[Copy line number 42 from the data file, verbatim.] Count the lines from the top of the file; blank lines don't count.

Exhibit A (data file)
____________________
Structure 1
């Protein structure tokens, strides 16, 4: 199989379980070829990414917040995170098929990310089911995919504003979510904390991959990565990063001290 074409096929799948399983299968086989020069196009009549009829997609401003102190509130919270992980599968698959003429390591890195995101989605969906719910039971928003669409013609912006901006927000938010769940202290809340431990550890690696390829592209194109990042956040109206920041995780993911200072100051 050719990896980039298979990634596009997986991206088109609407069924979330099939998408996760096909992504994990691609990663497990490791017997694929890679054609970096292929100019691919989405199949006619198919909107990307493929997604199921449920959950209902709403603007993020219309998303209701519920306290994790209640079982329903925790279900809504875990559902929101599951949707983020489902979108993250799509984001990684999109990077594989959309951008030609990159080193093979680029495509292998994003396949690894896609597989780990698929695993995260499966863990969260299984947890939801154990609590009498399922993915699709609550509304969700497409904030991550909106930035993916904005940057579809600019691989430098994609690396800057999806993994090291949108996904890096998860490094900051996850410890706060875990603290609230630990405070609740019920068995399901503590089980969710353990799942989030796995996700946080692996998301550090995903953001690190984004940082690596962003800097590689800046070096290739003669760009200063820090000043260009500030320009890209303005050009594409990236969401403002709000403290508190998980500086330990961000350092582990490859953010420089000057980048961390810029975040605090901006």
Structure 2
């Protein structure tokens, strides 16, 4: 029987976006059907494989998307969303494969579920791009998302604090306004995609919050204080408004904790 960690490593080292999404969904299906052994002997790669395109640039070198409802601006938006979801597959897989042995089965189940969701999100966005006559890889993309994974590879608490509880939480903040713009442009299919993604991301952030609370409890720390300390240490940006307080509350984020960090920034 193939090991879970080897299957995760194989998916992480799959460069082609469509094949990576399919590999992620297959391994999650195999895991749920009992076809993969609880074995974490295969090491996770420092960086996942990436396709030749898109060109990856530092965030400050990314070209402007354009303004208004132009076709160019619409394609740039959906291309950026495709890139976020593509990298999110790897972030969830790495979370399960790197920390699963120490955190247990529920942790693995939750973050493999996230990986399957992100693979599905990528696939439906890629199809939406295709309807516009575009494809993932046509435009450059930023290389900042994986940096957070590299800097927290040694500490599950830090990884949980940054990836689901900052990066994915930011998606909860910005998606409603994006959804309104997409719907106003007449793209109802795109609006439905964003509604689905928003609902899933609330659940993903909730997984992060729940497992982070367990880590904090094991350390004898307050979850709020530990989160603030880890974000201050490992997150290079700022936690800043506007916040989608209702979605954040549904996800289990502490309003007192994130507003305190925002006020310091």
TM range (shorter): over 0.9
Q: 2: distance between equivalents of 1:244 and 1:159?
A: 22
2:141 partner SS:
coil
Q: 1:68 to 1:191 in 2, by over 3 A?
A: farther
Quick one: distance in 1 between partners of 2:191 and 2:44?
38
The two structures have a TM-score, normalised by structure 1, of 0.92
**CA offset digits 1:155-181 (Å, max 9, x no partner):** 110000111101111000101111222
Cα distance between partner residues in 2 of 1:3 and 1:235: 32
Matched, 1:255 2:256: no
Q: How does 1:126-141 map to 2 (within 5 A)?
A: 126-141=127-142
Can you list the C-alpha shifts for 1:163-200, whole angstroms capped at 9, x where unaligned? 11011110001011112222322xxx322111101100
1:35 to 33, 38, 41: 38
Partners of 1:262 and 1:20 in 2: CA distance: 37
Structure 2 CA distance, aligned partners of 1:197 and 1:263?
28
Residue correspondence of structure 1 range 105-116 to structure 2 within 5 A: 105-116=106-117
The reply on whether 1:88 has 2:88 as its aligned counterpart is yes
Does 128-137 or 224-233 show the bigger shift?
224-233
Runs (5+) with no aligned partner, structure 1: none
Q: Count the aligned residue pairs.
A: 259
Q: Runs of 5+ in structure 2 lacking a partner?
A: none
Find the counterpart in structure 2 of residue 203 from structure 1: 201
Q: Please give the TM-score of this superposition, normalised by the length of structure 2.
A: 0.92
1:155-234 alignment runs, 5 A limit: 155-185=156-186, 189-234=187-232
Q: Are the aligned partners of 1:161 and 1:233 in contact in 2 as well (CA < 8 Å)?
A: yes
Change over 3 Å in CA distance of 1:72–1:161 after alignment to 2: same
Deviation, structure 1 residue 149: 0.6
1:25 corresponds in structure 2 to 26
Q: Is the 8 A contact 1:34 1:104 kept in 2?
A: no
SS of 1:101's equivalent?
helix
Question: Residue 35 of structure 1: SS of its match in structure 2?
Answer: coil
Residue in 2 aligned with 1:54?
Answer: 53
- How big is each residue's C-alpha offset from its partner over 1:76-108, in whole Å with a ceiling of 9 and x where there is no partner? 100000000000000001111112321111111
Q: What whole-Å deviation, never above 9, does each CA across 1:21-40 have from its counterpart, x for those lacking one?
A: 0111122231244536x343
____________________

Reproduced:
1:25 corresponds in structure 2 to 26